tables and charts) which directly supports sense-making and decision-
making. Data presentation also includes interactive queries and data
explorations that help users find useful information. Correspondingly in the
technology stack, BI systems include various data visualization and
interaction forms and techniques through reports (static and interactive
reports), digital dashboards, and more complex analytical visual tools
(Chiang, 2011).
Data visualization has been rising rapidly for the past a few years in the BI
and analytics industry, as part of the modern BI movement which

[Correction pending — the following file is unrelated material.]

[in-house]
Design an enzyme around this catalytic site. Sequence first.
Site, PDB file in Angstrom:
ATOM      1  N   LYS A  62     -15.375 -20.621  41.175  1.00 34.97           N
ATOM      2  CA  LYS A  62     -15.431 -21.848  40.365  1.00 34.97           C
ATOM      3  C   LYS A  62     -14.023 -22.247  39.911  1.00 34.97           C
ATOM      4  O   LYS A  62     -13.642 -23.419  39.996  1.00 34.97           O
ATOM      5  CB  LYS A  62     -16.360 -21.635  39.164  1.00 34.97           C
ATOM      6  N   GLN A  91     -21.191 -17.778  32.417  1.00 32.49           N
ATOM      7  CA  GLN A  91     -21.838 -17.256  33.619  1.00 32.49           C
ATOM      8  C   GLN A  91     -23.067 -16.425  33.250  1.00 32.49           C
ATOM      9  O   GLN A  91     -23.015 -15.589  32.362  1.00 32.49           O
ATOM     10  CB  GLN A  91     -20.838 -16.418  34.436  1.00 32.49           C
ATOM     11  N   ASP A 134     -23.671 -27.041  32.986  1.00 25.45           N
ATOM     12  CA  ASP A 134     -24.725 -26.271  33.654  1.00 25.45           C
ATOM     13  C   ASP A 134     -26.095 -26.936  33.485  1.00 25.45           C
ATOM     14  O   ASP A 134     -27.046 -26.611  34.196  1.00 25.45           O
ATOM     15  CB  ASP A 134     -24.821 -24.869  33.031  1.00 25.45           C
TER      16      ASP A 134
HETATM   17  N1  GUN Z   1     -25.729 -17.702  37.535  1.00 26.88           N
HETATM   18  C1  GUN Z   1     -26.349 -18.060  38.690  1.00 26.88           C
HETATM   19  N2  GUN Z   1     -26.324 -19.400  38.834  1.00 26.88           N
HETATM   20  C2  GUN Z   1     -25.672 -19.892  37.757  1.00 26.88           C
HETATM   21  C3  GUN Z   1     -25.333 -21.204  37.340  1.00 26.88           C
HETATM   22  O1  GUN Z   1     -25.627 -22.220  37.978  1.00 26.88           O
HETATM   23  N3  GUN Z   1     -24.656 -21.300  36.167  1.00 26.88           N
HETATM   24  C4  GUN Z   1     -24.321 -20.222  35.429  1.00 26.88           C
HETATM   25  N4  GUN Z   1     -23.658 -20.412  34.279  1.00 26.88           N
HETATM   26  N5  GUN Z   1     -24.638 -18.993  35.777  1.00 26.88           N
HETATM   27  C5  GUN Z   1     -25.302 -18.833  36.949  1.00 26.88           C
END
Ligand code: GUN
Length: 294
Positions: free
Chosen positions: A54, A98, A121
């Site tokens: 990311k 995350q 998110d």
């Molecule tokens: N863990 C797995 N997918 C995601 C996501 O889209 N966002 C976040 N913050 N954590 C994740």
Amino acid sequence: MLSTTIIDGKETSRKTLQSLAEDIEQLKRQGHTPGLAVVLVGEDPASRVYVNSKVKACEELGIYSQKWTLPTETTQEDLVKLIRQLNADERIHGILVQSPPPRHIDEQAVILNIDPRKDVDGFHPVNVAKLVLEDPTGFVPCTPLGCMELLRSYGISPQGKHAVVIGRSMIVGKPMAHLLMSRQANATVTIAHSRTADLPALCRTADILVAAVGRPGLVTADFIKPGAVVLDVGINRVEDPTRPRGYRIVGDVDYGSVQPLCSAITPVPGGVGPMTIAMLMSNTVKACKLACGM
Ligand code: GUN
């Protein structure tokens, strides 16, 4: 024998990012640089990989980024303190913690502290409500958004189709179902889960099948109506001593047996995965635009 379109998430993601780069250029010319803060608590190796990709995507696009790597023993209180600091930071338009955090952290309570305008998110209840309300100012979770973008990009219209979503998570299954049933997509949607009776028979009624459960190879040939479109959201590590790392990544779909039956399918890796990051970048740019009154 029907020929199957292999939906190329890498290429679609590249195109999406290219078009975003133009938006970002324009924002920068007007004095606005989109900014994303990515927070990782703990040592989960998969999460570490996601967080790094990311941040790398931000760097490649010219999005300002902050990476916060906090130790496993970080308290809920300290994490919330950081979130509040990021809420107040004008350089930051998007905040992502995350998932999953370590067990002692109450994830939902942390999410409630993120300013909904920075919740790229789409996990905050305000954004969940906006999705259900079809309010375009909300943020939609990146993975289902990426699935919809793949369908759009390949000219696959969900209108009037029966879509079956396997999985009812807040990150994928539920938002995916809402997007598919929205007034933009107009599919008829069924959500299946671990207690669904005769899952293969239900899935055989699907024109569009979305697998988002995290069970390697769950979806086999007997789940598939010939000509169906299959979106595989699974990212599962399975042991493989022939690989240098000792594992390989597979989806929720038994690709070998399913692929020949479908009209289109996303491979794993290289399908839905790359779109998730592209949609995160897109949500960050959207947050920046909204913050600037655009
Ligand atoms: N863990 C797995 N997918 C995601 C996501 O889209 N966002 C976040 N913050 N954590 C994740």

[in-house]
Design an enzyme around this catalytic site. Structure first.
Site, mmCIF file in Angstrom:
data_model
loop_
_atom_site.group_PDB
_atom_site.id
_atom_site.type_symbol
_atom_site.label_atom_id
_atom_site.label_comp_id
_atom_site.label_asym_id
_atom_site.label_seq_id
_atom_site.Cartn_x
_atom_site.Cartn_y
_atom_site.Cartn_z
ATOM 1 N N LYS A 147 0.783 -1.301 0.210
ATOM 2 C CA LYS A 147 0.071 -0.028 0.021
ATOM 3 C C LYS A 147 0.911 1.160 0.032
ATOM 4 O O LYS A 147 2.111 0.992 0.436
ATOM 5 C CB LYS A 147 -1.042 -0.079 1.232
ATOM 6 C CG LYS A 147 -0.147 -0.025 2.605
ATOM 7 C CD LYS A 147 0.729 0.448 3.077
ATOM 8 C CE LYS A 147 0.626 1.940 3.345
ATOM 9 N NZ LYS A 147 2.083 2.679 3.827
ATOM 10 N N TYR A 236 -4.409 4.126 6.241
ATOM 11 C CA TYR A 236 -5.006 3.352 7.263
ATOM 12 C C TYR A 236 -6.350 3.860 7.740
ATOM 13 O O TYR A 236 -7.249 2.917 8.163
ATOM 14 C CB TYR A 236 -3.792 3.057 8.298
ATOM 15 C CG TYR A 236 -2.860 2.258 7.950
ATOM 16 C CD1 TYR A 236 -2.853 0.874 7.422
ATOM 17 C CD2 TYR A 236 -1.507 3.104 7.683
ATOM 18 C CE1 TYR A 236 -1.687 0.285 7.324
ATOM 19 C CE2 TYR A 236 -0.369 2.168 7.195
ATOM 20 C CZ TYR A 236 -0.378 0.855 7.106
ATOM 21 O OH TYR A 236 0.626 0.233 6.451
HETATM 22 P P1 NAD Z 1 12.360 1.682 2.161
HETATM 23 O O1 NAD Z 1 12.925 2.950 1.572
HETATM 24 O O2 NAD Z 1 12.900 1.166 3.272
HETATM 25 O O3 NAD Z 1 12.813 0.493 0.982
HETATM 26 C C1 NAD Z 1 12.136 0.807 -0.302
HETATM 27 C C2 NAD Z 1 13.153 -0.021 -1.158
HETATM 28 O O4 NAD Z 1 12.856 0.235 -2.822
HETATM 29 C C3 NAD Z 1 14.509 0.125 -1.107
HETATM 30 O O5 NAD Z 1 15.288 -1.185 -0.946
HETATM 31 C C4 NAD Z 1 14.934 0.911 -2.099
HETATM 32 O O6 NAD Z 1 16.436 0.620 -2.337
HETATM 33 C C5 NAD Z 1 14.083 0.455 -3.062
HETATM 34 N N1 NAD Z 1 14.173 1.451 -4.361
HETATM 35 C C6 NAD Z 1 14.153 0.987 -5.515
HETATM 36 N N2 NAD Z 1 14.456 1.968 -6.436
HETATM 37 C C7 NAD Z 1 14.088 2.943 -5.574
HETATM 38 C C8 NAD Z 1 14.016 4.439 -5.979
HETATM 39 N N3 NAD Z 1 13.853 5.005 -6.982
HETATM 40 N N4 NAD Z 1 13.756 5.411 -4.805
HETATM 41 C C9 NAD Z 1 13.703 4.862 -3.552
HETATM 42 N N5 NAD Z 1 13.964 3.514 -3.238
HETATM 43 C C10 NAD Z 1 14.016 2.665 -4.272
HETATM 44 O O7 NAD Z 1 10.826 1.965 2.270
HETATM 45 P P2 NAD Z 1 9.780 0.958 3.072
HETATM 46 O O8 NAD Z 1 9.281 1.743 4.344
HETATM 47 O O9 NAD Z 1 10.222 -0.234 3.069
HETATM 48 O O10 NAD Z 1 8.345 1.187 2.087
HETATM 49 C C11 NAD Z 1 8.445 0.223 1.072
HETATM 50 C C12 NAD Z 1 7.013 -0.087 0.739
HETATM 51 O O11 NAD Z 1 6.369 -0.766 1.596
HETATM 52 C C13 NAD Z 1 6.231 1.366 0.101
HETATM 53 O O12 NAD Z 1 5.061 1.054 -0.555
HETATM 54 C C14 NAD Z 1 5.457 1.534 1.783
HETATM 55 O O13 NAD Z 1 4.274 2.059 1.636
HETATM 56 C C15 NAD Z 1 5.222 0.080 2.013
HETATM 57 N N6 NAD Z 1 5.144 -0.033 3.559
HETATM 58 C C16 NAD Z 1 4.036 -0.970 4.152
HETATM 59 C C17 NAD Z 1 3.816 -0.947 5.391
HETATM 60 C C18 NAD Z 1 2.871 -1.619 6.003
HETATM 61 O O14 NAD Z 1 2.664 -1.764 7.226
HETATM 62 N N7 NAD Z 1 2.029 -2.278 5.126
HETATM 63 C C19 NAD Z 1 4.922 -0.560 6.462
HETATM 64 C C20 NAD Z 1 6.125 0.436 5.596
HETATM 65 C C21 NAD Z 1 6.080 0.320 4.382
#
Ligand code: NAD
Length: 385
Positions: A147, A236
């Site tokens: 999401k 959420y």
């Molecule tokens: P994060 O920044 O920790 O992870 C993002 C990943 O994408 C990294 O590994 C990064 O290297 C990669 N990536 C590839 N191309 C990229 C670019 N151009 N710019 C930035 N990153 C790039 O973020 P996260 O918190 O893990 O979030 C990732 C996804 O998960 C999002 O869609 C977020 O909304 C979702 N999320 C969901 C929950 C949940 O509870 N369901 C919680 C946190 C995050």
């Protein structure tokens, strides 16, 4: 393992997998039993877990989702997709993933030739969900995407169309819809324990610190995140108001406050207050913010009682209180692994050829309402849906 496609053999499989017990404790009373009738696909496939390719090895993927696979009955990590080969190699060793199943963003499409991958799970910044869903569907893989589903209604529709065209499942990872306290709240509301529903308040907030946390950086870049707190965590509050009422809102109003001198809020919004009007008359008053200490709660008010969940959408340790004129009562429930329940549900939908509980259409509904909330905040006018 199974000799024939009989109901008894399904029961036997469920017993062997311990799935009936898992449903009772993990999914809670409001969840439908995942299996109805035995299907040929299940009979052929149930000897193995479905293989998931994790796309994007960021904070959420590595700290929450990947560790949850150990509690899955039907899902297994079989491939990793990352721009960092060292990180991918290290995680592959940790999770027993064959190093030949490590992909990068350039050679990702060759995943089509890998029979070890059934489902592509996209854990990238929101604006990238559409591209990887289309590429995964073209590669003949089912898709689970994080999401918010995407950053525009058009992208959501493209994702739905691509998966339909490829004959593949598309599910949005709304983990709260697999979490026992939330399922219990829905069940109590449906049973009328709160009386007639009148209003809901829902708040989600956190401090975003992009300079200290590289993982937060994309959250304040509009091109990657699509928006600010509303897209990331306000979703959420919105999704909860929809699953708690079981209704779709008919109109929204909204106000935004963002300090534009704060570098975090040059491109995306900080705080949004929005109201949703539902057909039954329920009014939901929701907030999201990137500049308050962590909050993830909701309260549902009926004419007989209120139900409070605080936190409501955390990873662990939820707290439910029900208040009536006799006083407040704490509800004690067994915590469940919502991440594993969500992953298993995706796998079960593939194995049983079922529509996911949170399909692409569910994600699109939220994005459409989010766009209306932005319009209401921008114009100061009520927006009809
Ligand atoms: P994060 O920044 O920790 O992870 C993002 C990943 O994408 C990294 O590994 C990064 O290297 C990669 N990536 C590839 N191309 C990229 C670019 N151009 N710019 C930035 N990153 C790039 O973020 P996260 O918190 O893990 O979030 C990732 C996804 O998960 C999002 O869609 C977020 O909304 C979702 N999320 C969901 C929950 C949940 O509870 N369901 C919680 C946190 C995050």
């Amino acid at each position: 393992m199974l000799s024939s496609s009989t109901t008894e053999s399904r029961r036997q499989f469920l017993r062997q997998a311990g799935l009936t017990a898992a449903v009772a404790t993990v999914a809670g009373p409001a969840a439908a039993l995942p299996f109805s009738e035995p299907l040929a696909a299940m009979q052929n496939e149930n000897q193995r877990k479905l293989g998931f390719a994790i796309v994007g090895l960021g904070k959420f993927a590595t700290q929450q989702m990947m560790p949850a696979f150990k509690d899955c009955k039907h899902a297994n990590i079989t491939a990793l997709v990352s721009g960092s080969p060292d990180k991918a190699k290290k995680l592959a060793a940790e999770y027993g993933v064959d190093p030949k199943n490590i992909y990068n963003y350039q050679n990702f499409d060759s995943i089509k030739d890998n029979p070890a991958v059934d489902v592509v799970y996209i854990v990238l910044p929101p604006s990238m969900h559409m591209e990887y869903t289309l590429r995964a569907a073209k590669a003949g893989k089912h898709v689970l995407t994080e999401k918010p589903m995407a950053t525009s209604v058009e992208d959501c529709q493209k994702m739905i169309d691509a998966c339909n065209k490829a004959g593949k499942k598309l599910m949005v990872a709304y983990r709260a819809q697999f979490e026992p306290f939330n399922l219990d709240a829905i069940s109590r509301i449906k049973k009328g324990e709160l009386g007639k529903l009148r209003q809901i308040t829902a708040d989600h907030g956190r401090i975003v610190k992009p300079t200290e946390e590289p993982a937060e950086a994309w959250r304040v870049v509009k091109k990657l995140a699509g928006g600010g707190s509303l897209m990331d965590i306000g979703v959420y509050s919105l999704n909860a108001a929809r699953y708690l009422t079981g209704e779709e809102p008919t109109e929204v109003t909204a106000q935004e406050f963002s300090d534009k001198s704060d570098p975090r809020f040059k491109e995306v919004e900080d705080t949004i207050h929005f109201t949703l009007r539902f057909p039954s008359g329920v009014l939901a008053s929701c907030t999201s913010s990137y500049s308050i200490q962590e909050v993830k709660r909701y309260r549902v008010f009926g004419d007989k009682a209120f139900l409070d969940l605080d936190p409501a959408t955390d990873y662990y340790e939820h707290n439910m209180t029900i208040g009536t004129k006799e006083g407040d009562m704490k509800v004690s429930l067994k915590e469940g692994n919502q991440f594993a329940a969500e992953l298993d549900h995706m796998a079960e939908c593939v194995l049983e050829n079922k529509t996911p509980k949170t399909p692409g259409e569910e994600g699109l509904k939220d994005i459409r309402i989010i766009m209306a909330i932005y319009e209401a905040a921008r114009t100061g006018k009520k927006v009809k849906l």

emphasizes on self-service (Parenteau et al., 2016). It is also a big part of
data science which has gained wide popularity recently. There have a been a
plethora of tools and systems that feature their data visualization solutions.
As an interdisciplinary field, data visualization brings together psychology,
technology, art, and decision science to deliver the last mile of the complete
BI and analytics capability to users. Compared to other types and
applications of visualization, business data visualization, particularly
concerns about the visualization of business data, is mainly for the purpose
of communication, information seeking, analysis, and decision support.
One of the key questions in business data visualization is how, and in what
form, data visualization contributes to the overall business intelligence
6 Data Visualization in Business Intelligence